Two years after the accident, Ethan and Grace have separated. They share custody over their other son, Shaun, though he has grown distant from Ethan. While Shaun is staying with Ethan, a strange letter arrives at the house. This letter has no return address, but Ethan shrugs it off as junk mail. Ethan puts Shaun to bed, but then he blacks out. When he wakes up from this blackout, he is lying in the middle of a street (far from his house), and he is holding an origami figure in his hand.

Meanwhile, Scott Shelby is visiting families of victims of the Origami Killer. Shelby was once a police officer, now he works as a PI. He goes to “a sleazy place” in hopes of finding Lauren Winter. Lauren works as a prostitute, but she only did so to provide for herself and her son Johnny, who was a victim of the Origami Killer. Scott finds his way to her door, and knocks. Not knowing that he was a detective, Lauren acts as if he is a new client. She goes about her normal business, explaining her personal rules and policies. As she is getting ready, he tells her that he is a PI helping gather evidence to help the families of the killer’s victims. Scott convinces Lauren to talk about her son’s disappearance, but she gives him very little information, and eventually asks him to leave. As he is leaving, he notices a rowdy-looking guy walking towards her room. This man is Troy, a possessive ex-client of Lauren’s. She lets him in, but Scott hears trouble coming from her room. He busts back in, fights off Troy, and Lauren decides to open up to him.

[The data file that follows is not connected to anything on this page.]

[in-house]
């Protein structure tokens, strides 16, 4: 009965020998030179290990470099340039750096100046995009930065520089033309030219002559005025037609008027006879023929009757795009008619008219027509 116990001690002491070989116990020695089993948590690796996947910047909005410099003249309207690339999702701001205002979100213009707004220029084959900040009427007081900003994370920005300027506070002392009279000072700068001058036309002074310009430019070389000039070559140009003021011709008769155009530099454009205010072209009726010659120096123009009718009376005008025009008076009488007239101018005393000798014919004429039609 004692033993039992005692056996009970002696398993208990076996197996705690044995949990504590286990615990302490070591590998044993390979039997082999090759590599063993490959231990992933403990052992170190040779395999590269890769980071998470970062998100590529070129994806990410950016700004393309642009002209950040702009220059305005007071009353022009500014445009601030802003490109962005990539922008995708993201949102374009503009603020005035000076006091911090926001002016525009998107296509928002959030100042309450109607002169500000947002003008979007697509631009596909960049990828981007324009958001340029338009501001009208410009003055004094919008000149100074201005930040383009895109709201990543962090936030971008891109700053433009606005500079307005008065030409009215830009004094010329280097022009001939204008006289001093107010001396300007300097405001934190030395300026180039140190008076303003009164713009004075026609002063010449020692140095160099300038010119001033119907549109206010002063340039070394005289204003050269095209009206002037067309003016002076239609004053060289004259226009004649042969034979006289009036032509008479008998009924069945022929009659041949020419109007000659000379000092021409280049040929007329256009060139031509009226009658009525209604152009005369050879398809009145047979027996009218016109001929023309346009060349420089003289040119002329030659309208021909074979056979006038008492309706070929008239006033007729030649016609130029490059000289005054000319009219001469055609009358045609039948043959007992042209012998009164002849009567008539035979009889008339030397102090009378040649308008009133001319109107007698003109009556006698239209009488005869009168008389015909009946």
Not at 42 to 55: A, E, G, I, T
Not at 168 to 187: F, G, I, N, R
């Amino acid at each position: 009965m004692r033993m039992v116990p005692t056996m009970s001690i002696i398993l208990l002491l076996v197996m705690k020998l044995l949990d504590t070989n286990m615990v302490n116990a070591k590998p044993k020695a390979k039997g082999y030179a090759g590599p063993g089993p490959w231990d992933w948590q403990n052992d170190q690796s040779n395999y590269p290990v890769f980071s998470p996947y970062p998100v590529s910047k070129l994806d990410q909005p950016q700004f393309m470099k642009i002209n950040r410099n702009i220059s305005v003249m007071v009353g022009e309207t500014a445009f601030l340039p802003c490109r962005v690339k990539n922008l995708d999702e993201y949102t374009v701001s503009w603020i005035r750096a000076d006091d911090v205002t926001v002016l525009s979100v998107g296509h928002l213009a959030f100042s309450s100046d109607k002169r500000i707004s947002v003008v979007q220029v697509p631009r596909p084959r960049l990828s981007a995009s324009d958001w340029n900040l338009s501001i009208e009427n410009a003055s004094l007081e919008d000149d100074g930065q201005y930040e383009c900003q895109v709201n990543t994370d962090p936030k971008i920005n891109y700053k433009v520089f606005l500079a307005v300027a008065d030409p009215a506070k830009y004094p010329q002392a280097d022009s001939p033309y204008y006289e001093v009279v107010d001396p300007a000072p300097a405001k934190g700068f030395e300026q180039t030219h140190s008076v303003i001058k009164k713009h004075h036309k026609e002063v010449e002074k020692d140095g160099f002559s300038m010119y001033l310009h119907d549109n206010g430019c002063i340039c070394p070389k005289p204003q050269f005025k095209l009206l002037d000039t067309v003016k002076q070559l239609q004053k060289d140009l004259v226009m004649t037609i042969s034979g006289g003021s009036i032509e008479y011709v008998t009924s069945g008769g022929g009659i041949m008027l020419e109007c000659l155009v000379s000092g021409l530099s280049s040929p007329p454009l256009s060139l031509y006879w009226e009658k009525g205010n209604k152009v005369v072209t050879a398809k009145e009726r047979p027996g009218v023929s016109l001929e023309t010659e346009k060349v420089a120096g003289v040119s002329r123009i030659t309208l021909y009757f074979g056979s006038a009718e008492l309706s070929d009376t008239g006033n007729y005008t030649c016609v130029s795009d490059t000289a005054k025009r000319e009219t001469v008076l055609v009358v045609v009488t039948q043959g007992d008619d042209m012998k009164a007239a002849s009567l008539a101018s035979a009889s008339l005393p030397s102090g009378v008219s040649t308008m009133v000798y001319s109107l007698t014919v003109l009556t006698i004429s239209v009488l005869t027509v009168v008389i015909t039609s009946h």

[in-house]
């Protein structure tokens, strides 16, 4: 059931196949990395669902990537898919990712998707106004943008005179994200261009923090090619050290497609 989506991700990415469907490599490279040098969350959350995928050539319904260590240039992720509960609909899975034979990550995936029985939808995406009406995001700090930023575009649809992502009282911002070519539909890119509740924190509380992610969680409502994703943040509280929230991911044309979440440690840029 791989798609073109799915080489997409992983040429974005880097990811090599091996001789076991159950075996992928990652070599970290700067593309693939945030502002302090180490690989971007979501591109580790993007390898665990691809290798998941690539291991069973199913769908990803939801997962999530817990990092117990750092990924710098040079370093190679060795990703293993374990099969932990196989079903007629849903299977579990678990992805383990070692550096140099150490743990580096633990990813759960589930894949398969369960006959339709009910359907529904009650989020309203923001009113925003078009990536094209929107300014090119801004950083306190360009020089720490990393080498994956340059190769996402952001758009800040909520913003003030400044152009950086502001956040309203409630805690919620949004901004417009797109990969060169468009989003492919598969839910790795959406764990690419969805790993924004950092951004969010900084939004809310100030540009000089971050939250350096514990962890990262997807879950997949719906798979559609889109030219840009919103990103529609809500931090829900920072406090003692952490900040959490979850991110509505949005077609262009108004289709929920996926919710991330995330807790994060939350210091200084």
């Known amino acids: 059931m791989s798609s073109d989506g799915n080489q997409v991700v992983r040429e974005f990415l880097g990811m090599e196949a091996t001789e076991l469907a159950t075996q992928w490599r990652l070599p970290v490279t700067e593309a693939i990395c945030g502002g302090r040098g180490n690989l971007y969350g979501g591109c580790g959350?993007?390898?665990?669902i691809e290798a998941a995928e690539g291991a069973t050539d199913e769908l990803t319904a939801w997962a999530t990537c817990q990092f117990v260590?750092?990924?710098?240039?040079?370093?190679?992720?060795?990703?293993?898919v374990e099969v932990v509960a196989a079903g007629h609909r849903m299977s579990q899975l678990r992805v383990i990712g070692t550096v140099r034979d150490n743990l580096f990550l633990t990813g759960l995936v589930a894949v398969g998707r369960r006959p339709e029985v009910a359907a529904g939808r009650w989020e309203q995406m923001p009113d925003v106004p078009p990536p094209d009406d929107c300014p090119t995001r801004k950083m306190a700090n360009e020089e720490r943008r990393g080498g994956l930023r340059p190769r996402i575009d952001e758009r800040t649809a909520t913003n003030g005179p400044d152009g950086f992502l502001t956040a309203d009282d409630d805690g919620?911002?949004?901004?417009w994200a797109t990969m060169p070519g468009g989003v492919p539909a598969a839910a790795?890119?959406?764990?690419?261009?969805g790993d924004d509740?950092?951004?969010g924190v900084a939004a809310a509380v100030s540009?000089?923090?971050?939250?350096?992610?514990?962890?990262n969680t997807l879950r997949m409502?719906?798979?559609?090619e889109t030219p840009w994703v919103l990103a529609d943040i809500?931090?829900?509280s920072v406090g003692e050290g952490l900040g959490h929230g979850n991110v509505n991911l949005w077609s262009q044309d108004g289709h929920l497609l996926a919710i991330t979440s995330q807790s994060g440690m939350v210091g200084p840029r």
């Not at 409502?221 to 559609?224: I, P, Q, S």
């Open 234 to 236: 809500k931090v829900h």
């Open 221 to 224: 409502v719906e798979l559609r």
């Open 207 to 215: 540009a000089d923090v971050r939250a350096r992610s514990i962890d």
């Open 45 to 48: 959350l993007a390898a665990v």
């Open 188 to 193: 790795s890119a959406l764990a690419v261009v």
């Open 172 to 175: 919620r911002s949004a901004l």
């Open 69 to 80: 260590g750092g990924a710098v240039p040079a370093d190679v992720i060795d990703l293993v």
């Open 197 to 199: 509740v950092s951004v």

The next day, Norman Jayden goes to the latest crime scene of the Origami Killer. He finds several clues there, including footprints, orchid pollen, blood, and eventually tire tracks, which were most likely treads of the car the killer used to transport the body. As he is leaving, he meets Lieutenant Carter Blake. Norman suggests removing many of the cops from the scene, since they are degrading potential evidence, but Blake has to have it his way, and keeps things going as they were.